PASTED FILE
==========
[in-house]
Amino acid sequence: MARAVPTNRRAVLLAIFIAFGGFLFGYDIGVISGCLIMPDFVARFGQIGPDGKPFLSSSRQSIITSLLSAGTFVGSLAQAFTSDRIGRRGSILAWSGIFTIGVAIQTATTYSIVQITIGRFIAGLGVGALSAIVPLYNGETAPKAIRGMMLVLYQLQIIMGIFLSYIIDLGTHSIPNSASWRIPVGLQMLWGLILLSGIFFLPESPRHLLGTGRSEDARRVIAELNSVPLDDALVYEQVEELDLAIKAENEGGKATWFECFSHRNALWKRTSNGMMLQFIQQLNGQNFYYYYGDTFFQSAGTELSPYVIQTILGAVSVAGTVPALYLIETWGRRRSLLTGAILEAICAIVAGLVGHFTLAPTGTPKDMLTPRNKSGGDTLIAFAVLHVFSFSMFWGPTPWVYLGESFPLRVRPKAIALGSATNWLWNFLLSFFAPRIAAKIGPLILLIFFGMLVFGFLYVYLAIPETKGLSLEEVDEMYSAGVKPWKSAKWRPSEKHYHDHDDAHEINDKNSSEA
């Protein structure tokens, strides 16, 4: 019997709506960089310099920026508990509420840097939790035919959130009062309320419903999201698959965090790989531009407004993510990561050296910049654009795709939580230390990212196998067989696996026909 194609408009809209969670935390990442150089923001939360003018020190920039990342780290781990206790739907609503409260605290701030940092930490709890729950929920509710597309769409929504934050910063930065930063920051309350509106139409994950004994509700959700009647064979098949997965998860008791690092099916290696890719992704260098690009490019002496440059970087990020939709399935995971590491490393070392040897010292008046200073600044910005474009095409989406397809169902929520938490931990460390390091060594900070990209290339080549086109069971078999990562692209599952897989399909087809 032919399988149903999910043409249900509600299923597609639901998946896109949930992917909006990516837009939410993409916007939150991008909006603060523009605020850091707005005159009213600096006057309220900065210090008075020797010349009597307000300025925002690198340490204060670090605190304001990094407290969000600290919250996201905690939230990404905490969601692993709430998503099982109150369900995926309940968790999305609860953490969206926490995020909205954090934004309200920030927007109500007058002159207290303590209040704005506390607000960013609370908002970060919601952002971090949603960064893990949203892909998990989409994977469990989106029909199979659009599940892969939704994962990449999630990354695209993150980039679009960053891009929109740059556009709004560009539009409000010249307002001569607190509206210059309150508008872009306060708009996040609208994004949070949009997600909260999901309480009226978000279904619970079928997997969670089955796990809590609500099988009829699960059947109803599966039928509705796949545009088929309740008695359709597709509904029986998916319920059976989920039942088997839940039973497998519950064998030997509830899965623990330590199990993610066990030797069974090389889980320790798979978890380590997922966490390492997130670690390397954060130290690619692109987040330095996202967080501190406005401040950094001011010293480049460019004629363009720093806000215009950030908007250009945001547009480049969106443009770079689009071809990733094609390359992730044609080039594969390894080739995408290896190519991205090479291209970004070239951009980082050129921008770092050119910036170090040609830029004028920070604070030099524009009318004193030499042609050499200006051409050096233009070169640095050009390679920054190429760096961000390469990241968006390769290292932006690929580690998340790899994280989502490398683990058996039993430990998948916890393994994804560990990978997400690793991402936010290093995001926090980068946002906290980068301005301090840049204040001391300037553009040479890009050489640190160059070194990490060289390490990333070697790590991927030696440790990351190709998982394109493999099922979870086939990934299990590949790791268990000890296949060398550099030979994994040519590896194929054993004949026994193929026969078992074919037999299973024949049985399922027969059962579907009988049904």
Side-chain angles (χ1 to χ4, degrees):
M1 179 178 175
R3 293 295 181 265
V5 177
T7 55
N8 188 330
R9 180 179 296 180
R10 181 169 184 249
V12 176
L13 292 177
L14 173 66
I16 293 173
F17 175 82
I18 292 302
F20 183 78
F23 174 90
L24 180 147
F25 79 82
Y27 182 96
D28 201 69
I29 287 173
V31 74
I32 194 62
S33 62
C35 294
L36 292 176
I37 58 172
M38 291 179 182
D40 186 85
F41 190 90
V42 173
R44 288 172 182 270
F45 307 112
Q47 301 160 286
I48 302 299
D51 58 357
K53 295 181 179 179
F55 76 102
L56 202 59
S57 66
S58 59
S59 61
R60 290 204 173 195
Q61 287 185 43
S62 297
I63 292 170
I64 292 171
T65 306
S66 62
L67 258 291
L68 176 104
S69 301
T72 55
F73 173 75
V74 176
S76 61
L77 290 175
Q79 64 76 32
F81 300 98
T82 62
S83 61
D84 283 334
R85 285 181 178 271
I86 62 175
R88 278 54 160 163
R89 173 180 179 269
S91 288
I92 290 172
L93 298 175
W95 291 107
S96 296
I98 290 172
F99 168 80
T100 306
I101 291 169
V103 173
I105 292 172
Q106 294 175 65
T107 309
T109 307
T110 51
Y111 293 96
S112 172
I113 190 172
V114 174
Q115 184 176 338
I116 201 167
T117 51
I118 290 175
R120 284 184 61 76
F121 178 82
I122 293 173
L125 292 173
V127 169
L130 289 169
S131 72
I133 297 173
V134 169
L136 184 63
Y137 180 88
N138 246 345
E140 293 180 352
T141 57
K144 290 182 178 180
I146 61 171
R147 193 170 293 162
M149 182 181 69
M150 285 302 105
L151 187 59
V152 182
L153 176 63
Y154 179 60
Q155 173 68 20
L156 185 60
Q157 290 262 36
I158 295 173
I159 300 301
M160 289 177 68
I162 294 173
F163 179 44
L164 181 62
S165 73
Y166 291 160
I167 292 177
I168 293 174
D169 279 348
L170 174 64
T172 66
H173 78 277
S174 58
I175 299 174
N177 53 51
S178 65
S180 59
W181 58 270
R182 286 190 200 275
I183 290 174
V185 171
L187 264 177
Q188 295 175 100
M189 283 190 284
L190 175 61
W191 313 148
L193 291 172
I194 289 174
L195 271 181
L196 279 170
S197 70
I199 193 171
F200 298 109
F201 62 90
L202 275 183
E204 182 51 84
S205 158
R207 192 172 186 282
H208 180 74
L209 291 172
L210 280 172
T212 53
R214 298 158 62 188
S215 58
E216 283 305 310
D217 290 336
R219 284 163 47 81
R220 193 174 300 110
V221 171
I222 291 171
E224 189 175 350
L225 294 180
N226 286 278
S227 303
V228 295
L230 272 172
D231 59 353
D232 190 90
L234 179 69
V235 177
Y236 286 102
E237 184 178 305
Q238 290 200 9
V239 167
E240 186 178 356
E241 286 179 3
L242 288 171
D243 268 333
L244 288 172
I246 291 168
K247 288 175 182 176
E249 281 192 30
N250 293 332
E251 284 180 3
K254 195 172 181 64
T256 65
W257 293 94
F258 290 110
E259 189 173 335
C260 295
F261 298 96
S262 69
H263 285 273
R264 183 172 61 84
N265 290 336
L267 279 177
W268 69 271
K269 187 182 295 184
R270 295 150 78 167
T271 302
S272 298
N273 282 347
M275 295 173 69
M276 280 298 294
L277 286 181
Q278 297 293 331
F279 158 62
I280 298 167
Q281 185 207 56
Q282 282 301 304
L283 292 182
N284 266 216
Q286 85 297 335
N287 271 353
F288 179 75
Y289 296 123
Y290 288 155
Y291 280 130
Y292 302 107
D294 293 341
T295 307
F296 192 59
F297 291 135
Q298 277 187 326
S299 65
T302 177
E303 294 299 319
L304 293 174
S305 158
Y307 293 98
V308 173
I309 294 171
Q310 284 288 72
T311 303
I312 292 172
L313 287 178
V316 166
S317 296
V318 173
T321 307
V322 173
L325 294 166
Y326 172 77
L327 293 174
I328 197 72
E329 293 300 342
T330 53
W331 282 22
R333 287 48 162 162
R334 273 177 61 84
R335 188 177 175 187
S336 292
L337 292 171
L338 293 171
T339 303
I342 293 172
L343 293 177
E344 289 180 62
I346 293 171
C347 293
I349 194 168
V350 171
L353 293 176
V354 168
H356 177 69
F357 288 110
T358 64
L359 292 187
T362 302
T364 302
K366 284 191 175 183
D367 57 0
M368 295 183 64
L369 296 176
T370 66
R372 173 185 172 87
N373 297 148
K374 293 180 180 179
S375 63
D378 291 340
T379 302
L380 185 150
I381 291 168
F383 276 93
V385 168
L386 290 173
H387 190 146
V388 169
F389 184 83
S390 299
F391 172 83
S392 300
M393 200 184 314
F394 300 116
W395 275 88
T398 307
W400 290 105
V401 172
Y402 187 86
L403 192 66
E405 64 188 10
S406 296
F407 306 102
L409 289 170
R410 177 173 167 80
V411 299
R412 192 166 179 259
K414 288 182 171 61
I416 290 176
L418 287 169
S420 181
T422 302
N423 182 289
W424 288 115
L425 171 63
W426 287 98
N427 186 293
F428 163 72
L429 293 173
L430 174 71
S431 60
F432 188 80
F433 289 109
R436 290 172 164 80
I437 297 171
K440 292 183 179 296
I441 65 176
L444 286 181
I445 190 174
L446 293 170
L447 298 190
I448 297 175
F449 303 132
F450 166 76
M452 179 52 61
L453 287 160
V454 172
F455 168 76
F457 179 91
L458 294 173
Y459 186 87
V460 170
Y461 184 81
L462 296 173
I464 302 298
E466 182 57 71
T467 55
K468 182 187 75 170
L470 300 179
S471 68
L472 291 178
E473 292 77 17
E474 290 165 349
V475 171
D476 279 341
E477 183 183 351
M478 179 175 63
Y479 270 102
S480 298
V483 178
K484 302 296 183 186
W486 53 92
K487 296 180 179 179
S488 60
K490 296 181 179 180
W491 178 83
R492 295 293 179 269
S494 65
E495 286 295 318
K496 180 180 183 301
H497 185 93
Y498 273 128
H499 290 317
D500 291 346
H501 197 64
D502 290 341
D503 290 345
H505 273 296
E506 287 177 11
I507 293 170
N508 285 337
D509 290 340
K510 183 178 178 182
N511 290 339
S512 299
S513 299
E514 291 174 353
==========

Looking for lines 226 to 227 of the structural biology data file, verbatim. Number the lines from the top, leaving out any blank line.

Y289 296 123
Y290 288 155